Lab of natuur?

Is het SARS-CoV-2 virus nu ontstaan in de natuur en op een markt in Wuhan overgesprongen op mensen? Of is het geconstrueerd door mensen en ontsnapt uit een laboratorium in Wuhan? Dit is het meest grondige artikel dat ik tot nu toe heb gezien. Hier de globale conclusie, maar wat dit verhaal zo boeiend maakt is de gedetailleerde bespreking van bewijs voor het een en het ander.

De conclusie: onderzoekers aan het Wuhan Virologie Instituut waren bezig – met subsidie van het Amerikaanse NIAID overheidsinstituut – met experimenten om coronavirussen besmettelijker te maken. (Die subsidie was aangevraagd en verkregen door een organisatie geleid door Peter Baszak, die later een open brief organiseerde in The Lancet waarin vijf virologen met grote stelligheid schreven dat het virus niet was ontsnapt uit een laboratorium in Wuhan.) De onderzoekers waren niet gevaccineerd (want er bestond toen nog geen vaccin) en hielden zich niet aan de maximale veiligheidseisen (beaamd door het hoofd van het onderzoek in een interview) die waren voorgeschreven voor riskant onderzoek (want te veel gedoe met maanpakken en controles.) Het virus was al helemaal aangepast aan mensen, terwijl virussen in de natuur allerlei mutaties ondergaan voordat ze effectief worden. Het SARS2 virus heeft een ongewone structuur, een ‘furin cleavage site,’ die geen enkel ander beta-coronavirus heeft. Bij SARS1 en MERS-virussen waren uitgebreide sporen teruggevonden in de natuur en werd de eerste ‘doorgever/ontvanger’ gevonden. Bij SARS2 niet. (tip J. Meischke)

Hier enkele opmerkelijke alinea’s uit het stuk:

‘What became clear was that the Chinese had no evidence to offer the commission in support of the natural emergence theory.

This was surprising because both the SARS1 and MERS viruses had left copious traces in the environment. The intermediary host species of SARS1 was identified within four months of the epidemic’s outbreak, and the host of MERS within nine months. Yet some 15 months after the SARS2 pandemic began, and after a presumably intensive search, Chinese researchers had failed to find either the original bat population, or the intermediate species to which SARS2 might have jumped, or any serological evidence that any Chinese population, including that of Wuhan, had ever been exposed to the virus prior to December 2019.’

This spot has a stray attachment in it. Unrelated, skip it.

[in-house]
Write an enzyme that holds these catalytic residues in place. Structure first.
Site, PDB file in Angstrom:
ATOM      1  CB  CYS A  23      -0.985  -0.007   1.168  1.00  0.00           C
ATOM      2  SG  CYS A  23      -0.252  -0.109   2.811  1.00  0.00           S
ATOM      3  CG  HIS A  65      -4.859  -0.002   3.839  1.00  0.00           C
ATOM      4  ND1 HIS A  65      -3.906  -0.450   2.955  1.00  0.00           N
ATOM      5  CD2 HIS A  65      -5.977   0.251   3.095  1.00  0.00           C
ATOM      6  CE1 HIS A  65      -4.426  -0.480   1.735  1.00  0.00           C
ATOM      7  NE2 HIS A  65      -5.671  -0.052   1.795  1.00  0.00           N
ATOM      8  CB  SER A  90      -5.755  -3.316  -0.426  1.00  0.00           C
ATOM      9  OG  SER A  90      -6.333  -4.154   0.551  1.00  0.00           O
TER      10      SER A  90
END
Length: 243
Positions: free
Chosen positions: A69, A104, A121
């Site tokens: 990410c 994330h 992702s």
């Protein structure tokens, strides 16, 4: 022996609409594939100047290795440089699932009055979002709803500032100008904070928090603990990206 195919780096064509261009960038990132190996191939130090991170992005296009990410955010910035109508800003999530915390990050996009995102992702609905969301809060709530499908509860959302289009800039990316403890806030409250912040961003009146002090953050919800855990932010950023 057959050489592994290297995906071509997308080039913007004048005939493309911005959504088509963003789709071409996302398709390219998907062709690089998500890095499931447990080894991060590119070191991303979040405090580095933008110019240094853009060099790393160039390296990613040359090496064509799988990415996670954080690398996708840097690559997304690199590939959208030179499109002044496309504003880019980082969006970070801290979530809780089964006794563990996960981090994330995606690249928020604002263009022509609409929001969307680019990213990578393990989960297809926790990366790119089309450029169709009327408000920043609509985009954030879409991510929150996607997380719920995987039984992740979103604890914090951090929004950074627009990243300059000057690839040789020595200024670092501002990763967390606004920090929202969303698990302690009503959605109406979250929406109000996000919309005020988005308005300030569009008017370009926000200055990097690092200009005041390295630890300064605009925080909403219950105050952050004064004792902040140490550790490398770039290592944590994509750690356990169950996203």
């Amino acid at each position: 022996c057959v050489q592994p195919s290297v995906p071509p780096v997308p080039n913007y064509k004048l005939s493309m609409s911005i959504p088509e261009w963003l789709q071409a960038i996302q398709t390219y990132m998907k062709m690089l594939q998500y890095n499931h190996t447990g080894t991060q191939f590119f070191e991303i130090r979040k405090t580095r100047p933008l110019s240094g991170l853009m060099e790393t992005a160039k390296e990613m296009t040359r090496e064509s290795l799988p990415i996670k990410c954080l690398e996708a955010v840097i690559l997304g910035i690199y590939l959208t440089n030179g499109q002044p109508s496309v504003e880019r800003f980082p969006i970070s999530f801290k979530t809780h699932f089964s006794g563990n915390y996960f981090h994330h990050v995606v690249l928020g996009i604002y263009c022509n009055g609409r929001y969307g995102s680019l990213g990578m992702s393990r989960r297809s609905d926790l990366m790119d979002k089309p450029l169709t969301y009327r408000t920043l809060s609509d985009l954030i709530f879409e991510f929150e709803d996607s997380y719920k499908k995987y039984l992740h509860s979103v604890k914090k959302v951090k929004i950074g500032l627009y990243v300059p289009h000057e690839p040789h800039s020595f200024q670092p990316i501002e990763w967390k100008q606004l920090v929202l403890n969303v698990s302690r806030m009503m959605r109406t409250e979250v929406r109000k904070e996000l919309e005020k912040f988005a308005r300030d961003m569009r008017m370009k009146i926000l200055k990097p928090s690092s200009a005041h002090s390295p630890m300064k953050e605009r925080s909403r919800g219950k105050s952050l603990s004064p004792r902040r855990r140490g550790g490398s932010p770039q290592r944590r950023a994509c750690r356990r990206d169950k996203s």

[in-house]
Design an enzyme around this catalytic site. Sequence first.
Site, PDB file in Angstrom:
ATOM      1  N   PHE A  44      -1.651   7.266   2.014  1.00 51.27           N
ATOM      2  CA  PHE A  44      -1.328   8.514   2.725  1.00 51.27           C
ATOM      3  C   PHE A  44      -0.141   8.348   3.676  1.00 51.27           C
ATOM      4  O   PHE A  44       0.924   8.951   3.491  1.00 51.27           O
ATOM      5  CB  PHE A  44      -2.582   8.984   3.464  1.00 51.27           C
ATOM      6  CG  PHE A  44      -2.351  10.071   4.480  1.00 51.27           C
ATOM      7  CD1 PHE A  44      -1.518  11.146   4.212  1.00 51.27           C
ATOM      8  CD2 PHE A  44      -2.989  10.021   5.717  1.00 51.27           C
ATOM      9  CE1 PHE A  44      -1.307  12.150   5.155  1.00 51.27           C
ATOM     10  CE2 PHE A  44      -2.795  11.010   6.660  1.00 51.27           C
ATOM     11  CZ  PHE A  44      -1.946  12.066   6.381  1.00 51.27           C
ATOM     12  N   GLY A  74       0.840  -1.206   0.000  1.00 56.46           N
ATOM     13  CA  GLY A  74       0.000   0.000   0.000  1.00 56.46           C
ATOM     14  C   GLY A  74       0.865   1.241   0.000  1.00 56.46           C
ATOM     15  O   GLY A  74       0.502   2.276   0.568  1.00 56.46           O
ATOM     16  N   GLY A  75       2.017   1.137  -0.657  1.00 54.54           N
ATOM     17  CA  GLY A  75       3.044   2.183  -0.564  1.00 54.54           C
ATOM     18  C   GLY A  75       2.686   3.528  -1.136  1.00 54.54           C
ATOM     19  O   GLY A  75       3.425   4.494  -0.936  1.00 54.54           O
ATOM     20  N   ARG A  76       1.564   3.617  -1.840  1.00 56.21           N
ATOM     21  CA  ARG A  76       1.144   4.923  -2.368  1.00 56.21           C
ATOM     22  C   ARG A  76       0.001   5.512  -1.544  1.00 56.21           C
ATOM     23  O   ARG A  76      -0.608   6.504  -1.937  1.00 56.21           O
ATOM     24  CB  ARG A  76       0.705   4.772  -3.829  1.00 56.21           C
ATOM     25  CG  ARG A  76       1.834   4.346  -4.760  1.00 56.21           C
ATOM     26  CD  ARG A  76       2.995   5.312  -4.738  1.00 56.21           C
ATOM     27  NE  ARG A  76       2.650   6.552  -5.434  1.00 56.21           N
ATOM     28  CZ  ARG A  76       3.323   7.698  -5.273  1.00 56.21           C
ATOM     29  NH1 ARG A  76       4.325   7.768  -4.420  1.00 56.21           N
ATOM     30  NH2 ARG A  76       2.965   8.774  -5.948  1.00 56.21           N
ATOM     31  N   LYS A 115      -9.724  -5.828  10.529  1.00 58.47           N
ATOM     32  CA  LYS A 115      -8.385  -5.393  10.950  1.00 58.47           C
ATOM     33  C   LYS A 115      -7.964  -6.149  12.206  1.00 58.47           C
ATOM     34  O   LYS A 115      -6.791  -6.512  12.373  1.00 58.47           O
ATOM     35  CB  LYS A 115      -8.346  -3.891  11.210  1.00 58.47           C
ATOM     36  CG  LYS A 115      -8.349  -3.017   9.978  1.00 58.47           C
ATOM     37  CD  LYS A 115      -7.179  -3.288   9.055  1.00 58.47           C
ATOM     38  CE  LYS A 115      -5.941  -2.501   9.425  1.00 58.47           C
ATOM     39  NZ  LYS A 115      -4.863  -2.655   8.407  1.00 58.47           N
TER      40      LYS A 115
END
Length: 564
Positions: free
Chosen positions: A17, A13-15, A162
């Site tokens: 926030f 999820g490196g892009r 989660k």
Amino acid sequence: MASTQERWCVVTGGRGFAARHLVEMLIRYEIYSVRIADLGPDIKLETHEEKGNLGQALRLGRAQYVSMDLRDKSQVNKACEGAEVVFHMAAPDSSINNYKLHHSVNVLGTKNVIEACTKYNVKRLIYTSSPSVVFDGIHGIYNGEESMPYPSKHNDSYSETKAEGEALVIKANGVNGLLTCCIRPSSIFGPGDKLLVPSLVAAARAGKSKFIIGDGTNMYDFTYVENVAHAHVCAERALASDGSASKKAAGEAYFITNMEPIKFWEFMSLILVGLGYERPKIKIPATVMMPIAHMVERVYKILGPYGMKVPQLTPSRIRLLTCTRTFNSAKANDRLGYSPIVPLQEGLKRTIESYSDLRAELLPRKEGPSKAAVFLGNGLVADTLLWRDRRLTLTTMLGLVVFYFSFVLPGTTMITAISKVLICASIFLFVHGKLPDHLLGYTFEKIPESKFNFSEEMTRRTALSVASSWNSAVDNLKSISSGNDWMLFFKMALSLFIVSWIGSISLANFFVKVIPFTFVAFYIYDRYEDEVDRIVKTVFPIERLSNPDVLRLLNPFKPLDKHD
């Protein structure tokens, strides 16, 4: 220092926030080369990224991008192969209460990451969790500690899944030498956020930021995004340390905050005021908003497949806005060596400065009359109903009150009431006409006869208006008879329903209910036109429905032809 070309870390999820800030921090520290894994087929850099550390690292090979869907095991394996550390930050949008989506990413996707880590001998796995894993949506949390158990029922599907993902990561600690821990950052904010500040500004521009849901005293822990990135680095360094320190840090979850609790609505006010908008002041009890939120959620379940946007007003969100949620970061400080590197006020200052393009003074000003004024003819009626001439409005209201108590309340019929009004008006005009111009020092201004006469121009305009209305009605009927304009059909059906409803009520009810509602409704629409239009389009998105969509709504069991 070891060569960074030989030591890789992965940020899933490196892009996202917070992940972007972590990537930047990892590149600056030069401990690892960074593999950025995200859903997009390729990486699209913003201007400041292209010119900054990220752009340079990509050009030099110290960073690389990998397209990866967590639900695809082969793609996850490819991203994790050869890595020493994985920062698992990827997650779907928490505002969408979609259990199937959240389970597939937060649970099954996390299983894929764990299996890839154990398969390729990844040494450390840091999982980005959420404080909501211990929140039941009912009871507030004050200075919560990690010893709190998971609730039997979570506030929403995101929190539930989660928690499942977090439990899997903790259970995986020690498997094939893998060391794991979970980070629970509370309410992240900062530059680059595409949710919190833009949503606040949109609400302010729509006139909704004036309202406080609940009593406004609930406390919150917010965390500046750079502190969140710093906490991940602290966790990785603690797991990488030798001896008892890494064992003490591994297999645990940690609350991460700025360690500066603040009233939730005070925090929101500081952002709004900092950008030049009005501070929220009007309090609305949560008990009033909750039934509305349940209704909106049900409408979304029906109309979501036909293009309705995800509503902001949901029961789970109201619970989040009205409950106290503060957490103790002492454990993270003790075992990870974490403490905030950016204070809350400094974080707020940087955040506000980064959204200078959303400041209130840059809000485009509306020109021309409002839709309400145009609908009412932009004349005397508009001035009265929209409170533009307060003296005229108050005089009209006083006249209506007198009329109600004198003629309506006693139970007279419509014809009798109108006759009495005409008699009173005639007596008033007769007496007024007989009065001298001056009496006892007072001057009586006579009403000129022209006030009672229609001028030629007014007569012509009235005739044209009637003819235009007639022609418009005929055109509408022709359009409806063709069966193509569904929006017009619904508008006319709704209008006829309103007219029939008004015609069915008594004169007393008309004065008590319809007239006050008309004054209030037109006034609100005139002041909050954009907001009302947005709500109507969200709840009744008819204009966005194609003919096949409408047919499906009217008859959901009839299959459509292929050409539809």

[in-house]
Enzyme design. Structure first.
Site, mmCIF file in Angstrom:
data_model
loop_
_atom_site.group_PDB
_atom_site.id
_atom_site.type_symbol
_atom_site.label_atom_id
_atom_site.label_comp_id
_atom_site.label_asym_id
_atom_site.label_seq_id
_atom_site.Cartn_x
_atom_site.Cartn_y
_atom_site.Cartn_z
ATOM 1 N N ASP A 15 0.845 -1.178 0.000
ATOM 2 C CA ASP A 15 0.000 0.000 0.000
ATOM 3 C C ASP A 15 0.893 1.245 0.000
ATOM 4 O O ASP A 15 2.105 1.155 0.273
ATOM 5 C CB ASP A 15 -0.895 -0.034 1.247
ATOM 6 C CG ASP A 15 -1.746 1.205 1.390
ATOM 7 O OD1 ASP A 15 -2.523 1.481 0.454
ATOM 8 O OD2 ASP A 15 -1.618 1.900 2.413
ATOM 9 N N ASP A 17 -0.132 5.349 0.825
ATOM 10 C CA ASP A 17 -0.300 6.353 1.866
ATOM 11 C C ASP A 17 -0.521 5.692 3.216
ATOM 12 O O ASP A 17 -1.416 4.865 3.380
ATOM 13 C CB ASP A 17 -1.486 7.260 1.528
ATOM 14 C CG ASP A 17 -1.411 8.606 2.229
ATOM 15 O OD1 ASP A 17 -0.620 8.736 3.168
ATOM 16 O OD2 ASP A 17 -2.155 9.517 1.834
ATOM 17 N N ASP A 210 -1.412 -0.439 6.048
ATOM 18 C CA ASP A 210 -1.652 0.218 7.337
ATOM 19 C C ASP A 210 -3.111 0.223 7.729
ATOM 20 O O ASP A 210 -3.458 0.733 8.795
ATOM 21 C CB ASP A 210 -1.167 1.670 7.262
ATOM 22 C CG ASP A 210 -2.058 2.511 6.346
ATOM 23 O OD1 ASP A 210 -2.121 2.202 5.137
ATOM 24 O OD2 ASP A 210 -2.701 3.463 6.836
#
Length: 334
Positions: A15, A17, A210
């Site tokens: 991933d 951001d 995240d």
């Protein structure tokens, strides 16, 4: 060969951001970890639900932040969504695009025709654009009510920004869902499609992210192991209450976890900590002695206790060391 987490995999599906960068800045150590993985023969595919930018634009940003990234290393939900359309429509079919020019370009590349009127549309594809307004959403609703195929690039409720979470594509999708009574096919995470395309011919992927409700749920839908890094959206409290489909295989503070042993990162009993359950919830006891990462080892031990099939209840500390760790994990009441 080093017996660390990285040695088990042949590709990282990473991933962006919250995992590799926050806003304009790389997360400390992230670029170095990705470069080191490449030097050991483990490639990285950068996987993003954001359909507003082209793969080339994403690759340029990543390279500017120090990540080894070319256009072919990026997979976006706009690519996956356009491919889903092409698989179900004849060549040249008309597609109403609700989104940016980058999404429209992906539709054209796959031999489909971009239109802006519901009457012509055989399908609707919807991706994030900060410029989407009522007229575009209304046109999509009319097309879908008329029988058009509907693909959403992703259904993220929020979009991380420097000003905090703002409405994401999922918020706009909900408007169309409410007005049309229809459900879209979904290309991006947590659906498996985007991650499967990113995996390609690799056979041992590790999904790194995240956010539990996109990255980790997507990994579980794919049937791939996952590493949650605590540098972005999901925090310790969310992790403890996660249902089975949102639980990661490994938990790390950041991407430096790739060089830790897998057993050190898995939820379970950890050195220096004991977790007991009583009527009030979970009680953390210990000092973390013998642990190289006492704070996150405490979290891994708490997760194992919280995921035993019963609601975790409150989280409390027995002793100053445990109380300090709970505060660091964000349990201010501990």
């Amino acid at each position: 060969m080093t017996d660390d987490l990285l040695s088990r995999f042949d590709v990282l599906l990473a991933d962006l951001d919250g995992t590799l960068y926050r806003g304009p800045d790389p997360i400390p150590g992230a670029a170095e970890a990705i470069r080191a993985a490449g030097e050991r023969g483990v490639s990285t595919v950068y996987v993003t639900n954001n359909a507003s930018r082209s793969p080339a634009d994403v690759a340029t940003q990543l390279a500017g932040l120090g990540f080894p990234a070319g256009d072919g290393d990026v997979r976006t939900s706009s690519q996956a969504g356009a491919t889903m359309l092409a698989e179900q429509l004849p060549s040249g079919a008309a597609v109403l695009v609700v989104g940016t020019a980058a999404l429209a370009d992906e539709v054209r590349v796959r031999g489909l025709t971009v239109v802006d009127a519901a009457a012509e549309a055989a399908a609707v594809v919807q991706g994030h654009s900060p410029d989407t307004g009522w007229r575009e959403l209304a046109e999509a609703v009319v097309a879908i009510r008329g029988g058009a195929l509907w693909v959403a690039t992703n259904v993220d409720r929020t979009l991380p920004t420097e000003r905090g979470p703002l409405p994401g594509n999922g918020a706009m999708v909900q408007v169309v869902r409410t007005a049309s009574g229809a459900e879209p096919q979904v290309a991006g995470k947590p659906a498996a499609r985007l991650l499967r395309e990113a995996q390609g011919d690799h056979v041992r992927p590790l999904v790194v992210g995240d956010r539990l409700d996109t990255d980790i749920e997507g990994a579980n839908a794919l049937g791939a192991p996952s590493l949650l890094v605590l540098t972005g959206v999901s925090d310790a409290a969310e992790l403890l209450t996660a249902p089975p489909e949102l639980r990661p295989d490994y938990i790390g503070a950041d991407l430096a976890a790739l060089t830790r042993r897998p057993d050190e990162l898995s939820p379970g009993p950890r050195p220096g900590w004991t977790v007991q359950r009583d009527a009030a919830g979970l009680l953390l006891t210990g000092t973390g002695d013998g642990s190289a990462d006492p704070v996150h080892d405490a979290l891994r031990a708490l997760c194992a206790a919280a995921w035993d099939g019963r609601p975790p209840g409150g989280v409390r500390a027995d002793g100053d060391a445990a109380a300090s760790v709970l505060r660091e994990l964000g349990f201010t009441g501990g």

‘Researchers at the Wuhan Institute of Virology, led by China’s leading expert on bat viruses, Shi Zheng-li or “Bat Lady,” mounted frequent expeditions to the bat-infested caves of Yunnan in southern China and collected around a hundred different bat coronaviruses. Shi then teamed up with Ralph S. Baric, an eminent coronavirus researcher at the University of North Carolina.


‘So who else, besides miners excavating bat guano, comes into particularly close contact with bat coronaviruses? Well, coronavirus researchers do. Shi says she and her group collected more than 1,300 bat samples during some eight visits to the Mojiang cave between 2012 and 2015, and there were doubtless many expeditions to other Yunnan caves.

‘Imagine the researchers making frequent trips from Wuhan to Yunnan and back, stirring up bat guano in dark caves and mines, and now you begin to see a possible missing link between the two places. Researchers could have gotten infected during their collecting trips, or while working with the new viruses at the Wuhan Institute of Virology. The virus that escaped from the lab would have been a natural virus, not one cooked up by gain of function.’


‘…the long history of viruses escaping from even the best run laboratories. The smallpox virus escaped three times from labs in England in the 1960’s and 1970’s, causing 80 cases and 3 deaths. Dangerous viruses have leaked out of labs almost every year since. Coming to more recent times, the SARS1 virus has proved a true escape artist, leaking from laboratories in Singapore, Taiwan, and no less than four times from the Chinese National Institute of Virology in Beijing.


‘In the case of SARS1, researchers have documented the successive changes in its spike protein as the virus evolved step by step into a dangerous pathogen. After it had gotten from bats into civets, there were six further changes in its spike protein before it became a mild pathogen in people. After a further 14 changes, the virus was much better adapted to humans, and with a further four, the epidemic took off.

But when you look for the fingerprints of a similar transition in SARS2, a strange surprise awaits. The virus has changed hardly at all, at least until recently. From its very first appearance, it was well adapted to human cells.’

(…) The direct-from-bats thesis is a chimera between the natural emergence and lab escape scenarios. It’s a possibility that can’t be dismissed. But against it are the facts that 1) both SARS2 and RaTG13 seem to have only feeble affinity for bat cells, so one can’t be fully confident that either ever saw the inside of a bat; and 2) the theory is no better than the natural emergence scenario at explaining how SARS2 gained its furin cleavage site, or why the furin cleavage site is determined by human-preferred arginine codons instead of by the bat-preferred codons.’